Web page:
'Oumuamua Origin Discovered: Asteroid Came From Tatooine-Like Binary Star System

Monday, 19 March 2018 - 12:52PM
Monday, 19 March 2018 - 12:52PM
'Oumuamua Origin Discovered: Asteroid Came From Tatooine-Like Binary Star System
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Image credit: YouTube

A long time ago in a solar system far, far away...

Scientists have been fascinated by 'Oumuamua, the solar system's first recorded interstellar visitor, ever since the skinny space rock paid us a visit last year. Named after the Hawaiian word for "scout", 'Oumuamua stopped by briefly in 2017 as it entered our solar system, took a quick spin around the sun, and then carried on its merry way out into the abyss beyond our reach.

As we delve into the history of this mysterious rocky asteroid, scientists are exploring various theories about where it could have come from, and what might have cause it to leave home at such speed.

A new study, published in Monthly Notices of the Royal Astronomical Society, posits a new theory: 'Oumuamua came from a binary solar system, like Tatooine from Star Wars, with two suns caught in orbit around each other, as planets, asteroids, and other celestial debris constantly rotates around the pair of stars.

The evidence for this, apparently, is the fact that 'Oumuamua is made of rock, rather than ice. Our own solar system (which has only the one sun, just in case you were wondering) doesn't lose a lot of rocky asteroids out into the blackness of deep space - instead, comets are far more likely to detach and disappear.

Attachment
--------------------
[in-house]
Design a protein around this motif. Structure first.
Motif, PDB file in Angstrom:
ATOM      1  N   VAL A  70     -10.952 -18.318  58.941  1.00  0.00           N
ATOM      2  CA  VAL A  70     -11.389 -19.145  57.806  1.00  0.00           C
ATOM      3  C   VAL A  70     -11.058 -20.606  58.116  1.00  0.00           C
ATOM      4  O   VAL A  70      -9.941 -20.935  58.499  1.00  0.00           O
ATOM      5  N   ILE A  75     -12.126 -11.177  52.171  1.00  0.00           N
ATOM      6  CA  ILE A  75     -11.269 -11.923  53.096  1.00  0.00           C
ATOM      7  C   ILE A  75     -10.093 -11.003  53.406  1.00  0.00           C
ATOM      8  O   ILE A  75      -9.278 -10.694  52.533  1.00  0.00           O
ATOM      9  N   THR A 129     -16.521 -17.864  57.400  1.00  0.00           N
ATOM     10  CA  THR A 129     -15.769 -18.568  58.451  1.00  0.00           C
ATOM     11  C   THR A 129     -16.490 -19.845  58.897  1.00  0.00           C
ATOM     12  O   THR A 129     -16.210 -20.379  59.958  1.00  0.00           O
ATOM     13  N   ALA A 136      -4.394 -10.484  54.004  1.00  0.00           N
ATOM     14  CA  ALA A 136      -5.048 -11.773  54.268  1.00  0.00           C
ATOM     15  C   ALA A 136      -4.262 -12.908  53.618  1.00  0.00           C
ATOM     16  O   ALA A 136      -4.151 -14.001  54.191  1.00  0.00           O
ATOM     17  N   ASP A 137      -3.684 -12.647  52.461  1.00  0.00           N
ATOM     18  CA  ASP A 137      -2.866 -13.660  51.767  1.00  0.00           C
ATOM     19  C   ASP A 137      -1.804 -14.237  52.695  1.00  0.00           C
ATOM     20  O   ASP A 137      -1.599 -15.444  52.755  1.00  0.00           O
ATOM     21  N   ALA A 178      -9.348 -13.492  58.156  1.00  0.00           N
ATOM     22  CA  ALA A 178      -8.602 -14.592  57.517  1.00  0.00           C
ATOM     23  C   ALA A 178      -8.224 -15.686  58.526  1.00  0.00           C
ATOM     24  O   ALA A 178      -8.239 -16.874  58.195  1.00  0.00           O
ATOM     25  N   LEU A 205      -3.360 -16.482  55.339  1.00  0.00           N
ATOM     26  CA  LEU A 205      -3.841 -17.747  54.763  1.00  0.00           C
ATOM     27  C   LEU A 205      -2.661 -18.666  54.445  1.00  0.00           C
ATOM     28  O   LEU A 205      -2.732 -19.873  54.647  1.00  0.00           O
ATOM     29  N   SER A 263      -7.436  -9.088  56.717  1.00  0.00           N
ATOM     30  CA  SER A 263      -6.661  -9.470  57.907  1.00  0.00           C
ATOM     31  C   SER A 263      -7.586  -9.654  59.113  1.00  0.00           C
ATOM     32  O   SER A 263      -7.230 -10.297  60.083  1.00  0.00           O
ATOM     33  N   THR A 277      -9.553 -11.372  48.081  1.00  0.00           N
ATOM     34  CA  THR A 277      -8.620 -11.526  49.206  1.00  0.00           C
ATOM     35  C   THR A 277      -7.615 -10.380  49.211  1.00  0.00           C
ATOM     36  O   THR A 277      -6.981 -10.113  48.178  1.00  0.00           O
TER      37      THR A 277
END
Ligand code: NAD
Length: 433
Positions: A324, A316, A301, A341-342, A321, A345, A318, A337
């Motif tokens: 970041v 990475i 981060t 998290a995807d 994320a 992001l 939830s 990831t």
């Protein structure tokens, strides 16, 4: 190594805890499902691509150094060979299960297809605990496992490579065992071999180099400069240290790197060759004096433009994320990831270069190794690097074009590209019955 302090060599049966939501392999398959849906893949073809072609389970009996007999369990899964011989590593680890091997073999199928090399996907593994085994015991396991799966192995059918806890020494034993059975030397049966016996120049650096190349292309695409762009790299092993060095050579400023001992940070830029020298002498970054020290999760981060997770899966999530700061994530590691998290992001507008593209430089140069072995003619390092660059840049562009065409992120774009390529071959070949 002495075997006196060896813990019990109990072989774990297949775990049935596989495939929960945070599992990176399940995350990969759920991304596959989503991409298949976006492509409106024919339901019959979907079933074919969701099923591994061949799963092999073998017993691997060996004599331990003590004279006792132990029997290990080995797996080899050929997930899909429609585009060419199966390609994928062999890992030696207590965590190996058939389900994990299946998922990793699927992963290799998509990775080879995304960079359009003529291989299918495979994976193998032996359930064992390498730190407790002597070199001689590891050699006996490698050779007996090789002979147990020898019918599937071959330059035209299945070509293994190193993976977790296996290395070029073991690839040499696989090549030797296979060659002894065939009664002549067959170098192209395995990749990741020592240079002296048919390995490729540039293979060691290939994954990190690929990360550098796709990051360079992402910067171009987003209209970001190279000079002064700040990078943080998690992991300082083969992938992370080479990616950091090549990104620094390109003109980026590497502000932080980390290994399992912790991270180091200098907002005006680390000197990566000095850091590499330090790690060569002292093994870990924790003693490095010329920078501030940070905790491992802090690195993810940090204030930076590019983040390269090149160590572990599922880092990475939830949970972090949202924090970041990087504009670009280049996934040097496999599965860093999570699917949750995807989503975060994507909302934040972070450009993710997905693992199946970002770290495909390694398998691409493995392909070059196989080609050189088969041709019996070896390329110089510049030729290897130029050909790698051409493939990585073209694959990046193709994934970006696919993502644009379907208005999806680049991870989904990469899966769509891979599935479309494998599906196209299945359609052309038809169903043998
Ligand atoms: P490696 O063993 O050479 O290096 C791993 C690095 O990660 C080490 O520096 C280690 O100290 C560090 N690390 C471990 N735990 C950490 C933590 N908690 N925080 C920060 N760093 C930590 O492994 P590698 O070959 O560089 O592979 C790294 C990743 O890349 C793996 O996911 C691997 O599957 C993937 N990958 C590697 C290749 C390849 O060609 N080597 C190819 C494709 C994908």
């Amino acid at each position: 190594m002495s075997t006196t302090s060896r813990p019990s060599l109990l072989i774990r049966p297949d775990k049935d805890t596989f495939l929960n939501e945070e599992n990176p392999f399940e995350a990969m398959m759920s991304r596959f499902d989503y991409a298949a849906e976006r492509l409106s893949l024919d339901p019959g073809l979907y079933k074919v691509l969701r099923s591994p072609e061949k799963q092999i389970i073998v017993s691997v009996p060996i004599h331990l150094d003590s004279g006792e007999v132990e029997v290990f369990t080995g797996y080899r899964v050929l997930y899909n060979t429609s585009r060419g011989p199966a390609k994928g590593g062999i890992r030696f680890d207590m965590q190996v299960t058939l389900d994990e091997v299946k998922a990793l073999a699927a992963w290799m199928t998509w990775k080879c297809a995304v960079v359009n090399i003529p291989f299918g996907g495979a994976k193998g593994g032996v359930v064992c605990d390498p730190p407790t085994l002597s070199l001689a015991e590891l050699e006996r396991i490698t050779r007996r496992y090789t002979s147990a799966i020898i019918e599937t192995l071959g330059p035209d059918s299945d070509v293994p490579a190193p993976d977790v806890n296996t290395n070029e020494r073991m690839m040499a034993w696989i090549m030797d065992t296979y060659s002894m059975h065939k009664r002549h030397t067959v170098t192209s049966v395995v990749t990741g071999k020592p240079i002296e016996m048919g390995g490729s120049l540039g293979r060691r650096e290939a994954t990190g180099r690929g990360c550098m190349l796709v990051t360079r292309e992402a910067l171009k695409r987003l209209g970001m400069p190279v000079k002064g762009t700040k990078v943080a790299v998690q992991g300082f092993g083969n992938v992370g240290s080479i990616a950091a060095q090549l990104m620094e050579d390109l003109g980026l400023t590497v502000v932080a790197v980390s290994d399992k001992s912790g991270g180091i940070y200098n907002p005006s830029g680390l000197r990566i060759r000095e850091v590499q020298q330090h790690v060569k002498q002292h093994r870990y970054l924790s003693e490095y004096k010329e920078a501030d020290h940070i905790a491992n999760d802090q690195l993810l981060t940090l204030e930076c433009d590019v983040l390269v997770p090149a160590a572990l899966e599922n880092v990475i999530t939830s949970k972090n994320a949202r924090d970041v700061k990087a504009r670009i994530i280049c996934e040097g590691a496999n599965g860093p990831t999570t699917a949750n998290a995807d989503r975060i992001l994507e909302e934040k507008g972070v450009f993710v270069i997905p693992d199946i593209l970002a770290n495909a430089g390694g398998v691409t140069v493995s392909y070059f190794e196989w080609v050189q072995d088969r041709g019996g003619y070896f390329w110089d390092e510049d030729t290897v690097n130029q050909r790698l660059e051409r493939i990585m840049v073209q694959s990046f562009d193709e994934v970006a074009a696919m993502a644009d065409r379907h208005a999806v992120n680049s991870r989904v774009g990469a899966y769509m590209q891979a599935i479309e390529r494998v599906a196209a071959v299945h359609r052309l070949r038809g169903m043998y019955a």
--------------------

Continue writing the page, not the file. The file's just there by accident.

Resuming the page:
The fact that 'Oumuamua didn't melt while on its trip around our sun suggests that it's made of rock, but this also means that it probably didn't come from a solar system that looks much like our own.

According to lead scientist, Dr. Alan Jackson:

Opening quote
"It's really odd that the first object we would see from outside our system would be an asteroid, because a comet would be a lot easier to spot and the Solar System ejects many more comets than asteroids...
"The same way we use comets to better understand planet formation in our own Solar System, maybe this curious object can tell us more about how planets form in other systems."
Closing quote

Apparently, 'Oumuamua would have originally left its own solar system very early during its formation, and its launch out into the stars could have been a fairly spectacular event, if its current speed and trajectory can be trusted to give us information about where it came from. As binary star systems are good at bouncing rocks out into the wider universe, this helps support what should logically be referred to as the Tatooine theory of its origin.

Of course, Jackson's assertion only works if we assume that we've accurately determined what 'Oumuamua is made of. Some scientists have suggested that 'Oumuamua might be both a comet and an asteroid, containing chunks of ice within its rock.

If that's the case, it's harder to be certain exactly where the mysterious lightsaber-shaped object came from—but we probably shouldn't discount the possibility that it's actually a chunk of Alderaan or Starkiller Base, or indeed, a Yuzhaan Vong spaceship that's been here on a recon mission ahead of an alien invasion.

If that's the case, then may the Force be with us - we're gonna need it!